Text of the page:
We got the 29-foot wire attached to Jim’s 9:1 unun which he connected to his Elecraft KX3. A dandy BioennoPower 3 Ahr NFP battery provided the needed electrons into the miserly Elecraft radio allowing us to capture and send the invisible happiness waves.

W1PID Jim Cluett

Here’s Jim finding the SOTA operator. It’s like being at a church carnival when you spin the VFO knob on a radio. You never know what prize you might win!

Jim at first heard another operator who was on top of a mountain trying to activate a Summits on the Air (SOTA) mountain. He decided to send out a rare CQ call to attract other operators who were trying to contact the SOTA operator. After sending CQ for a painful 45 seconds, maybe more, Jim gave up. Patience is everything when it comes to low-powered radio operations I’ve come to discover.

Soon Jim found a really strong signal where one operator was talking with another. In these situations, you need to be polite and wait until the conversation is over before you call the operator.

“What good is a strong signal if he’s writing a novel!” Jim said exasperated after waiting about 30 seconds for the conversation to end. It was time to spin the VFO knob once more for a prize.

Not too long after this Jim found Paul, KW7D in New Mexico who lives somewhere out in the woods. Paul and Jim had a somewhat long conversation and that allowed Jim to avoid the wretched skunk. No one likes to go do outdoor radio and not make at least one contact.

W1PID Jim Cluett

This is what happens when Jim makes a QSO with another operator. Can you feel his happiness? I’ve been the recipient of this long-distance endorphin injection! It’s bliss I tell ya!

I decided to capture part of Jim’s conversation using the video software on my Moto G7 smartphone.

“I got some great video,” I told Jim.

“We’re not putting up any videos.” Jim hates video more than getting skunked.

“Oh, yes we are.” I retorted.

“No, we’re not.”

Too bad Jim doesn’t know the code to break into my phone. Here’s the video I shot of part of Jim talking with Paul:

After signing off, Jim handed me the tiny Pico iambic paddles so I could add Paul to my logbook. Paul must have been running automagic software as the instant I sent my callsign he came back, “Great to hear you, Tim.”

W3ATB Tim Carter

Here I am talking with Paul in New Mexico. Why yes, I did take a shower today and my hair was combed this morning, thank you. I happen to love tousled hair!

I did a fast exchange with Paul telling him I was with Jim and we were on a hike next to the Pemi River in New Hampshire.

Today I was in a really happy place and when that happens, the sarcasm between Jim and I ratchets up two or three levels.

W3ATB Tim Carter

I’m pretty happy but would have been happier if Jim had told me my hair was all tousled. I wonder how that happened?

After signing off with Paul, Jim tried to find a few other stations but gave up after two minutes or less. It was time to walk back the half-mile to our vehicles and head to Dunkin’ for a cup of coffee.

“It’s nice to walk on the ground.” Jim stopped and spoke looking down at the dirt road carpeted with brown leaves.

“Soon we won’t see it until April.” He finished. Jim’s right. Any week now the first full-cover snow can happen and you won’t see the ground or tread across it until the sun climbs high enough in the sky so Mother Nature can send the frozen water to the fish and lobsters in the Atlantic Ocean.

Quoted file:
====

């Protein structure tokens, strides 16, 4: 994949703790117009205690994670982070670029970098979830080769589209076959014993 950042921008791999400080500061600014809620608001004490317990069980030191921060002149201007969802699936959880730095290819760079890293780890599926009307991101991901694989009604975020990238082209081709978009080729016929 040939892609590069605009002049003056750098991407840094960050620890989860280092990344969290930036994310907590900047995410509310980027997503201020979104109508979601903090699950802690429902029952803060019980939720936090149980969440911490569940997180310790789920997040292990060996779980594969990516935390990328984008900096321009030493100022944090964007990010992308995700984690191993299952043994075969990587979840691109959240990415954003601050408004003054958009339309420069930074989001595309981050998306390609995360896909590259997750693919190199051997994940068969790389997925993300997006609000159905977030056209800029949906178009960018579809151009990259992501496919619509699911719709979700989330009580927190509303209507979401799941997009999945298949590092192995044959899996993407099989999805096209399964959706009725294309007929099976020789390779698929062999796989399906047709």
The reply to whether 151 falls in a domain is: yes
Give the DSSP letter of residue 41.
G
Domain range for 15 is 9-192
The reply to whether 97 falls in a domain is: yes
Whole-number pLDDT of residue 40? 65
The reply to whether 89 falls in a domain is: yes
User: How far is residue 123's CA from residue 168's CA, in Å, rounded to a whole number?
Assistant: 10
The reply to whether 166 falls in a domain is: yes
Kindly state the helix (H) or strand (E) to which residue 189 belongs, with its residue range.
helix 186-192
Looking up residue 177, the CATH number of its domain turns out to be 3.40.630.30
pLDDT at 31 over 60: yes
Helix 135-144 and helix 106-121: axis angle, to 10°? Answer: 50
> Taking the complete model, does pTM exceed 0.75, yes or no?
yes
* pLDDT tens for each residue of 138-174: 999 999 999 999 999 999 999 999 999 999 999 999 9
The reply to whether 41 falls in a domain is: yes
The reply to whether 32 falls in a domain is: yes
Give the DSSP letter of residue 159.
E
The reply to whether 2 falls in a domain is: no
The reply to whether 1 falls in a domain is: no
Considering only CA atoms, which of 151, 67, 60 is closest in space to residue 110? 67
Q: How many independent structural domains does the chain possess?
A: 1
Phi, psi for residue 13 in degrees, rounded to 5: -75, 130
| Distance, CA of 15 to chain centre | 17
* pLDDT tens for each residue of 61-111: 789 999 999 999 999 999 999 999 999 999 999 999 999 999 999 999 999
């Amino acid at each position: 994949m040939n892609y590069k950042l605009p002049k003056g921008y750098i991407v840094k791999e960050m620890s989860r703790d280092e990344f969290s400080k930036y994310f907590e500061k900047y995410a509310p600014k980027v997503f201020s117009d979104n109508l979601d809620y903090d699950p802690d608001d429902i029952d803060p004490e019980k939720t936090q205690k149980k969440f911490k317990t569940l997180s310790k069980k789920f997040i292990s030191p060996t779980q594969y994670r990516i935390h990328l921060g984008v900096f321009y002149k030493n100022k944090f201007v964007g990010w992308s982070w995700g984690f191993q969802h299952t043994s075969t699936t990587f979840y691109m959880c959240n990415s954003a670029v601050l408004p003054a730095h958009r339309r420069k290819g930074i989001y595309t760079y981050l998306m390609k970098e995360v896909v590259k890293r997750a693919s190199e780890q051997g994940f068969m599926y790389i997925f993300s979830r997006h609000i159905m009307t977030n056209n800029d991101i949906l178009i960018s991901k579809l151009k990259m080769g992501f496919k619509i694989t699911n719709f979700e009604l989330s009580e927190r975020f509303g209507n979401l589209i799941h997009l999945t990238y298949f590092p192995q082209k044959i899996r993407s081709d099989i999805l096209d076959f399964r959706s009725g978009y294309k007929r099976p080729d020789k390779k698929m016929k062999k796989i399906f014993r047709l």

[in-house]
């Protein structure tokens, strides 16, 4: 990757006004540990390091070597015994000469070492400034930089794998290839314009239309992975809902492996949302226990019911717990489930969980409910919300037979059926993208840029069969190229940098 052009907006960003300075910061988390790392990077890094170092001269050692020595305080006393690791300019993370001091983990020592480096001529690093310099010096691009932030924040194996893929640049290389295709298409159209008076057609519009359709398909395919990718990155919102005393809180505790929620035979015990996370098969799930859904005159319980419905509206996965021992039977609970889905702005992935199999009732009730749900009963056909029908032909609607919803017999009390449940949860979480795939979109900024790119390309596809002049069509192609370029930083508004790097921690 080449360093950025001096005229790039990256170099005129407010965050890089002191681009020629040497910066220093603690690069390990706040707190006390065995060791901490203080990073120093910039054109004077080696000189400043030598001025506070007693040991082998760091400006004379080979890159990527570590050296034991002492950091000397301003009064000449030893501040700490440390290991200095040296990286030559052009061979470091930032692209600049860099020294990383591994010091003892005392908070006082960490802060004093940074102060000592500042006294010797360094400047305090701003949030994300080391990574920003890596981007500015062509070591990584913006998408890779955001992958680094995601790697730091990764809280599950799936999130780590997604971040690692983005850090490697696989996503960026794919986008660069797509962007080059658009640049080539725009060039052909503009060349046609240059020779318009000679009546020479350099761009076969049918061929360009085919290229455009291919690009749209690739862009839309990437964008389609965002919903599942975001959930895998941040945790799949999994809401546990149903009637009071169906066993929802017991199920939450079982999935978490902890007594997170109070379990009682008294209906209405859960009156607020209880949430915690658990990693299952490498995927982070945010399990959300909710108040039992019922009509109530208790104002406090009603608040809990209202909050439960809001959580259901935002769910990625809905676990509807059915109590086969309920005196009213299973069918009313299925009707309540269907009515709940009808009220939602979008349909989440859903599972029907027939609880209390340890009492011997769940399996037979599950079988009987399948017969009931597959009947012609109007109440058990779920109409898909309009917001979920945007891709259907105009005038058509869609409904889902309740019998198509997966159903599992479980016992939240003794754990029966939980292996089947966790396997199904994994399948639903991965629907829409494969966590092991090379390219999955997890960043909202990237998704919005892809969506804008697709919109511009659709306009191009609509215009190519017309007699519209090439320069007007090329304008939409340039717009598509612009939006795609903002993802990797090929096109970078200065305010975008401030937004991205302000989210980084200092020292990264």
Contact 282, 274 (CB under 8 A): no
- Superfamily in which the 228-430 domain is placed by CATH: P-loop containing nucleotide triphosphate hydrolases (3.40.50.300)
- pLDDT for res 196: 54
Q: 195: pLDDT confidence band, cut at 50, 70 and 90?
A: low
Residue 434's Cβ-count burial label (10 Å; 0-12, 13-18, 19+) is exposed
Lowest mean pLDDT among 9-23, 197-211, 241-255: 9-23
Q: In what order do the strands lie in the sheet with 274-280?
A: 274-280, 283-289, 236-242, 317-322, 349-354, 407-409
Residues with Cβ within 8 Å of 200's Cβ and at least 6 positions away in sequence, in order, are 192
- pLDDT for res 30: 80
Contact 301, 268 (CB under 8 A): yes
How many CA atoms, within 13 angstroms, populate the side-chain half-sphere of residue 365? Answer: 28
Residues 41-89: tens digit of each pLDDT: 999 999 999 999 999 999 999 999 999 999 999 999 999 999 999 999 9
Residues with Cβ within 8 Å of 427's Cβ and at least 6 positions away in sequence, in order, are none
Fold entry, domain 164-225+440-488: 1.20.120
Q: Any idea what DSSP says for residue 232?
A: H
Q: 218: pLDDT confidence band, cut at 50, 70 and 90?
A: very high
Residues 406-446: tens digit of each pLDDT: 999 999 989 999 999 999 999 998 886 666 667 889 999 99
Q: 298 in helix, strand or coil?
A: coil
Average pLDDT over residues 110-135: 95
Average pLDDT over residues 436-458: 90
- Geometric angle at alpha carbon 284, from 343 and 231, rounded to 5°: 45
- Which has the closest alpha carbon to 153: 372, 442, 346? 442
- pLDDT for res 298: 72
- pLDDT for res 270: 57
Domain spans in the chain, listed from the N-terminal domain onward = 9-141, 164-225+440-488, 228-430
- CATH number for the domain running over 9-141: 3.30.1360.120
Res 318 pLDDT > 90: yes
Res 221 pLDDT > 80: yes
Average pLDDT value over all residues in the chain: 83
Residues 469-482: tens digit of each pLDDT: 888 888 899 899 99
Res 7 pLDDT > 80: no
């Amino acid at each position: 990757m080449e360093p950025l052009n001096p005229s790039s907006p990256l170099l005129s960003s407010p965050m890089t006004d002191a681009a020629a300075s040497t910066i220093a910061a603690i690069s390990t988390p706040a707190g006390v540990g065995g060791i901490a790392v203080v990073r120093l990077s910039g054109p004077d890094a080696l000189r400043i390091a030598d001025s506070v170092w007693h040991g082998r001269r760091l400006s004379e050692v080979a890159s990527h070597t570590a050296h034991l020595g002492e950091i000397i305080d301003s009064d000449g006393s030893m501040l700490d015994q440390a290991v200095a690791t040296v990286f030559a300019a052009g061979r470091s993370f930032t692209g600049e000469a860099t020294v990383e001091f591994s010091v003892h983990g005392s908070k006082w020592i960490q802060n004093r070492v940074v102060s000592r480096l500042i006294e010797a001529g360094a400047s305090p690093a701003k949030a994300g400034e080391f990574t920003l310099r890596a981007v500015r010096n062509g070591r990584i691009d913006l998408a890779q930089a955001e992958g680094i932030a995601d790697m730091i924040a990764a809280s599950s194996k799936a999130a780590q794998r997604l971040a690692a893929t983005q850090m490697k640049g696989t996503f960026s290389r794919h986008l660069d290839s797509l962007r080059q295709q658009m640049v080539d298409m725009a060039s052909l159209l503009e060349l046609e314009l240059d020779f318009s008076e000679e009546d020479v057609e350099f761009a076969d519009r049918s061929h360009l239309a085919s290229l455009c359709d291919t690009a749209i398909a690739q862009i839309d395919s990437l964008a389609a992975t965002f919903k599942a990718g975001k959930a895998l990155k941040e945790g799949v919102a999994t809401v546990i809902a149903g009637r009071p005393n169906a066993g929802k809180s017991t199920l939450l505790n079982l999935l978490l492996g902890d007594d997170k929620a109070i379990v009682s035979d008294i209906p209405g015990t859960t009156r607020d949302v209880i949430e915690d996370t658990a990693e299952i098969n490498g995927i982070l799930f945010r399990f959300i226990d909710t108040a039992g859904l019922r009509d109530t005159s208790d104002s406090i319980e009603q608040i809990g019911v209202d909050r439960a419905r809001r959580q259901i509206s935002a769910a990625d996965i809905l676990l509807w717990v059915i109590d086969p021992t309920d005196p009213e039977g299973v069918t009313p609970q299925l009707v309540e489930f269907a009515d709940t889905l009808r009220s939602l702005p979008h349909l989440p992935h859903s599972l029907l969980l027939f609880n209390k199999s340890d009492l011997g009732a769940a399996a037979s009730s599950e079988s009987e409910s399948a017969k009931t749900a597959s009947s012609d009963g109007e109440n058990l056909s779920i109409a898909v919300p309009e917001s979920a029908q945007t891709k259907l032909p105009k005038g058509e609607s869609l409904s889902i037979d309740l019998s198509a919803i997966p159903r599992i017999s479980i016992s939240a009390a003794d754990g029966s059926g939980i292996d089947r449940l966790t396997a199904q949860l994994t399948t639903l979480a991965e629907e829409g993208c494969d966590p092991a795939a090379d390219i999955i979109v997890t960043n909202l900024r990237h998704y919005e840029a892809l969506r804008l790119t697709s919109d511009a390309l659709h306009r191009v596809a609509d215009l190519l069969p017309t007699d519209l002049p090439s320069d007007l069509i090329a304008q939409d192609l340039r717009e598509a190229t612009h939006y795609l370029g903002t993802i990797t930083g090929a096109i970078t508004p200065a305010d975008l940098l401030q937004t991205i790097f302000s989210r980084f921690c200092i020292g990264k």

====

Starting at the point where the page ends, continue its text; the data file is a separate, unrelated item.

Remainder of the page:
We had a really fun afternoon adventure and my only wish is that you could join me one day to hear the Pemi as it talks to you. It’s magical.

 

 

QRP from KP4 – Puerto Rico

qrp from KP4

Off in the distance is Castillo San Felipe del Morro. It’s a massive fort that’s just part of the several that guarded San Juan back in the 1700s from English invaders. The red arrows point to my horrible wire antenna held aloft by a nasty sticky palm tree.

 

QRP Radio from KP4 – Puerto Rico

On Thursday, October 17, 2019 I found myself gazing out across acres of green lawn washed by the early morning sunlight at Castillo San Felipe del Morro.

I had come to Old San Juan Puerto Rico to visit my youngest daughter and re-enact some of my youth when I used to be able to imbibe vast quantities of liquid courage.

Lesson Learned

I set up my Elecraft KX2 using a 3 Ah BioennoPower LFP battery, a 9:1 unun, a 17-foot counterpoise and a 29-foot wire that was drooping down from a nearby palm tree.

Palm trees are the worst possible choice when using a wire antenna held up by a string halyard. The palm leaves have little saw teeth edges and they want to grab onto the string not allowing the water bottle to fall to the ground. I almost lost my water bottle up in the tree.

qrp from KP4

This was my setup. I was ready to capture invisible waves from afar on this balmy morning.

My plan was to start out on 20 meters, even though it was not yet 7:30 am in the morning. That’s somewhat early for the band to be open, but I thought I’d see what might happen.

Spinning the VFO knob produces few results. With the assist from modern cellphone technology, I texted my mentor Jim Cluett, W1PID, back in New Hampshire to see if he could hear me. I could barely hear him calling me, but he couldn’t hear me.

We switched to 40 meters and got the same exact result.

Moments later Jim texted, “Go to 10.110.”

QRP from KP4

Here’s another view of the horrible sloping antenna.

Victory. Jim was a solid 559 into me and I got an identical signal report.

He told me about the rainy and windy weather back in NH where a bomb cyclone was pummeling the Northeast.

After signing off with Jim, I texted another radio buddy who lives in Massachusetts and he also heard me calling CQ on 18.079.

While I only logged Jim, I felt it was a victory to be able to make a contact with such a poor antenna.